Fifteensquared

Never knowingly undersolved.

Independent 7317/Virgilius

Posted by John on March 30th, 2010

John.

Typical brilliance from Virgilius. At first I thought, after predicting confidently that the long word across was going to be SYMMETRICAL, what’s the big deal? All crosswords are symmetrical. Then I saw it (not immediately, having got so used to Virgilius using the across answers to illustrate his theme): all the down answers use only the letters A, H, I, M, O, T, U, V, W, X, Y, so that they all have a vertical line of symmetry (not the rotational symmetry of the crossword grid).

Across
7 A LA CARTE — (a claret a)*
8 FOR A
10 BI(ST)RO
11 MEALTIME — I think this is simply saying that two is not the usual time for tea, and playing with “Tea for Two”, but perhaps this isn’t the whole story
12 F{airly} A{wful} C{ontract} TO TUM
15 ADOPTS — 2 defs I think
17 SYMMETRICAL — refers to the Nina, with two meanings of ‘down’
21 FINISH — to perfect something is to finish it, but I can’t see the rest
22 OP OP AN AX — not a plant I was familiar with, but it clearly begins OPOP
24 YOGHOURT — yo{u} (trough)*
27 TROJAN — 2 defs, one of them referring to Paris and the Trojan War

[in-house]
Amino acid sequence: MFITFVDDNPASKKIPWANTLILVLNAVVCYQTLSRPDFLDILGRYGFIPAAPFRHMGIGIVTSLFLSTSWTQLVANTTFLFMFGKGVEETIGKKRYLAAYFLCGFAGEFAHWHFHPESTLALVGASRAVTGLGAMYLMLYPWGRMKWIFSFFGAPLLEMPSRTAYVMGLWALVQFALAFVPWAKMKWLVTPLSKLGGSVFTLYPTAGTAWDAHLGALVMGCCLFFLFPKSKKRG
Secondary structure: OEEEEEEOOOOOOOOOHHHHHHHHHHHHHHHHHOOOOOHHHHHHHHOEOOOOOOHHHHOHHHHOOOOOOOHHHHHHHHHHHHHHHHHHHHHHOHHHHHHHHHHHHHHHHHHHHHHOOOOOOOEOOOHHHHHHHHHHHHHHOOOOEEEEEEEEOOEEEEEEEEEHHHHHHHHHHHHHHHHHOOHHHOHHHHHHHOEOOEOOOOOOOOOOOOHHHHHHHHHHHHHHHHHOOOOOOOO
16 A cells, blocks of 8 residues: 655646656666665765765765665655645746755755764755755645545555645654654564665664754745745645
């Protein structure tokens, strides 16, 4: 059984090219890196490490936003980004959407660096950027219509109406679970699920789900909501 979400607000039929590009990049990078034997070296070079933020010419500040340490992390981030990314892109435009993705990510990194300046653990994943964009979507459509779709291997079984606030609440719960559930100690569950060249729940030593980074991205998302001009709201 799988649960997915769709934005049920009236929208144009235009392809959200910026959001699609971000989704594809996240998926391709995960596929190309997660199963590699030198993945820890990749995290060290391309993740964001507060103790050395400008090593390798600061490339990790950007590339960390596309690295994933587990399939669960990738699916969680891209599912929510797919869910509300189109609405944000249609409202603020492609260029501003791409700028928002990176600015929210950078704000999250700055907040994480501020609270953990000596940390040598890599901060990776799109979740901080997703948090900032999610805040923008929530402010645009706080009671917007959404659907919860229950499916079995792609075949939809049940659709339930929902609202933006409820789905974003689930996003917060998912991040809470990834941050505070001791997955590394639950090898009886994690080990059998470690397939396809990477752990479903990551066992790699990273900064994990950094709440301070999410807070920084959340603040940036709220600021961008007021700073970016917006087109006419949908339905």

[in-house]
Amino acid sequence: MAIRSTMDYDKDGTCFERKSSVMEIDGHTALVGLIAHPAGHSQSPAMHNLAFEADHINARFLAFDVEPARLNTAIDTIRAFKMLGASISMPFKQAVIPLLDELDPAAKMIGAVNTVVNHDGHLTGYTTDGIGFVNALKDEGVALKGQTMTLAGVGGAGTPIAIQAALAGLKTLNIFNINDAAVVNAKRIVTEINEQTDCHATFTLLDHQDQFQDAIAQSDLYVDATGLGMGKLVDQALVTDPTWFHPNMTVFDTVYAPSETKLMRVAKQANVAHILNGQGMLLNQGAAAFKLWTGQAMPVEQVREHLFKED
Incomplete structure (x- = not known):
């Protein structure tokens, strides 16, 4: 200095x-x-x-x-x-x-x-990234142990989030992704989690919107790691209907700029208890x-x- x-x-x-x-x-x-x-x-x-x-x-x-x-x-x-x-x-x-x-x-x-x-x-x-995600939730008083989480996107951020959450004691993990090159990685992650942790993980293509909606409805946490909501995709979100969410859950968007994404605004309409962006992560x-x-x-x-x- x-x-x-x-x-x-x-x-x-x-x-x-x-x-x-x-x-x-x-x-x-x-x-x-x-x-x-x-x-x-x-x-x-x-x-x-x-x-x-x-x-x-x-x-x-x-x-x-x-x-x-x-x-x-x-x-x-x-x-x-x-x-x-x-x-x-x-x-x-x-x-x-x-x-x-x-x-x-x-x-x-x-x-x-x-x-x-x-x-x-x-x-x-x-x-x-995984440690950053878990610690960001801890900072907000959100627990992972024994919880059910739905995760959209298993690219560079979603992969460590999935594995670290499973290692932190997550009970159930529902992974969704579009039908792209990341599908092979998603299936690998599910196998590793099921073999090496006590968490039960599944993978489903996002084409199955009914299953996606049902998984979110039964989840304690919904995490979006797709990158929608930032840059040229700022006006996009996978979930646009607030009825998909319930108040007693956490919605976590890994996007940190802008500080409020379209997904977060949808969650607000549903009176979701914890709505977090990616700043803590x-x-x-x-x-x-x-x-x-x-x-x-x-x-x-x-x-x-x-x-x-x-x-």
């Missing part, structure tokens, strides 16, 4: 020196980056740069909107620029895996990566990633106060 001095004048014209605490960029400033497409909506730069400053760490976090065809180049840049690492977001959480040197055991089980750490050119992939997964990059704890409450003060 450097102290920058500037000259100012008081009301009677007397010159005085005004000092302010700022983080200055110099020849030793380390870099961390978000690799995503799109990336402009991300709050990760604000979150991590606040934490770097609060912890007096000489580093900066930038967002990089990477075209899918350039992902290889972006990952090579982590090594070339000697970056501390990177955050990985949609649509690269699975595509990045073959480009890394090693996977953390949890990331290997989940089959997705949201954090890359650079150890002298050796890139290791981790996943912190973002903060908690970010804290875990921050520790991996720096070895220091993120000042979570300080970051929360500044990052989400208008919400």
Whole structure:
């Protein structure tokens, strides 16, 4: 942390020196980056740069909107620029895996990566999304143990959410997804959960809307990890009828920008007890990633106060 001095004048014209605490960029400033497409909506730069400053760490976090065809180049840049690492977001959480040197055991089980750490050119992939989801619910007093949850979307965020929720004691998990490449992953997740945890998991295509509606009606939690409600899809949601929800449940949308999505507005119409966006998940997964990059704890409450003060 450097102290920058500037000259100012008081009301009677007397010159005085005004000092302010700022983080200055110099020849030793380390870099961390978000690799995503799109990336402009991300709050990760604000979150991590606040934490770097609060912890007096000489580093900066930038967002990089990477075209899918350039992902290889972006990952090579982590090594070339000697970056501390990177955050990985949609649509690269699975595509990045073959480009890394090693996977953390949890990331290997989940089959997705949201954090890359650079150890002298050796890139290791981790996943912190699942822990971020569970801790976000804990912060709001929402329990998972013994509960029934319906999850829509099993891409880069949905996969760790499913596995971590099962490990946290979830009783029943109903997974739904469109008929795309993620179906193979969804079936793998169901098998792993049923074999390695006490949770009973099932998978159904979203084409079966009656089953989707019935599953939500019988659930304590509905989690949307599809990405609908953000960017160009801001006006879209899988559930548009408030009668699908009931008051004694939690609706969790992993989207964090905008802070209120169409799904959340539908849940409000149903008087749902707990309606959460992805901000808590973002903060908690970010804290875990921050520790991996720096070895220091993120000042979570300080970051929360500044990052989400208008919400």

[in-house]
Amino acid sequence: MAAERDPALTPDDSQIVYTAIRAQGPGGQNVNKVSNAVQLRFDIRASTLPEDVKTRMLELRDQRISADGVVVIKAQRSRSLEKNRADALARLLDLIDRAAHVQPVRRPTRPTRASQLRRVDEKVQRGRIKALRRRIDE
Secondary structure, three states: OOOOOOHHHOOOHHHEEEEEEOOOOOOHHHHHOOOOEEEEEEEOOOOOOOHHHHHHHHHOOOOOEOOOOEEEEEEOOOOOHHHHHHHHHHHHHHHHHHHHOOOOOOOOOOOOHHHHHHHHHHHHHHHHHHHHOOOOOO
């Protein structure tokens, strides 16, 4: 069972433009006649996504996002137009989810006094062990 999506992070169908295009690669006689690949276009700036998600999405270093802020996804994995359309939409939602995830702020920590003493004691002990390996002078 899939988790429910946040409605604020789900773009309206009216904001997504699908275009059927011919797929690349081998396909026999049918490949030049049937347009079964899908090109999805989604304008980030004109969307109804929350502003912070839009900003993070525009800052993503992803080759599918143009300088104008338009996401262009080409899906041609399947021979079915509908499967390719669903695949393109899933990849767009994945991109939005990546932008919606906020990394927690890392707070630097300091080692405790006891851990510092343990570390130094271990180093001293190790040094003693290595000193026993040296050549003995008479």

29 HEAR{t}
30 PACIFISM — if in (camp is)*
 
Down
1 TAXIWAY — tax I “weigh”
2 TAUT — “taught”
3 WAY OUT — 2 defs
4 A TOM — a queen (= female cat) needs a tomcat if she is to produce a family
5 MOO T
6 MAM MOTH
9 HAW A II
13 unhealTHY MIce
14 M OTTO
16 tOMAHAwk
18 MAHOUT — (ham)rev. out — a mahout is an elephant’s keeper and driver, a word I first came across in George Orwell’s brilliant essay ‘Shooting an Elephant’
19 TIMOTHY — (myth I)* about OT
20 MA(HAT)MA
23 O (U) TWIT
25 HO A X
26 THAW — (what)*
28 O MIT

22 Responses to “Independent 7317/Virgilius”

  1. IanN14 says:

    Thanks John.
    I think 21ac. is also IN (present) inside FISH (school).
    Another fantastic obliquely hinted theme from the most brilliant setter.
    Please keep them coming…

  2. Mick Hodgkin says:

    Yes, great stuff. I noticed a limited set of letters coming up, but didn’t fully grasp the them until I had the whole grid filled. I don’t draw Y symmetrically myself, but that’s probably just for speed of completing crosswords.

  3. Eileen says:

    It’s been said so often but how does he keep doing it? Many thanks again, Virgilius / Brendan. We’re really being spoiled this week.

    [I'm with you re the Ys, Mick!]

  4. Richard Palmer says: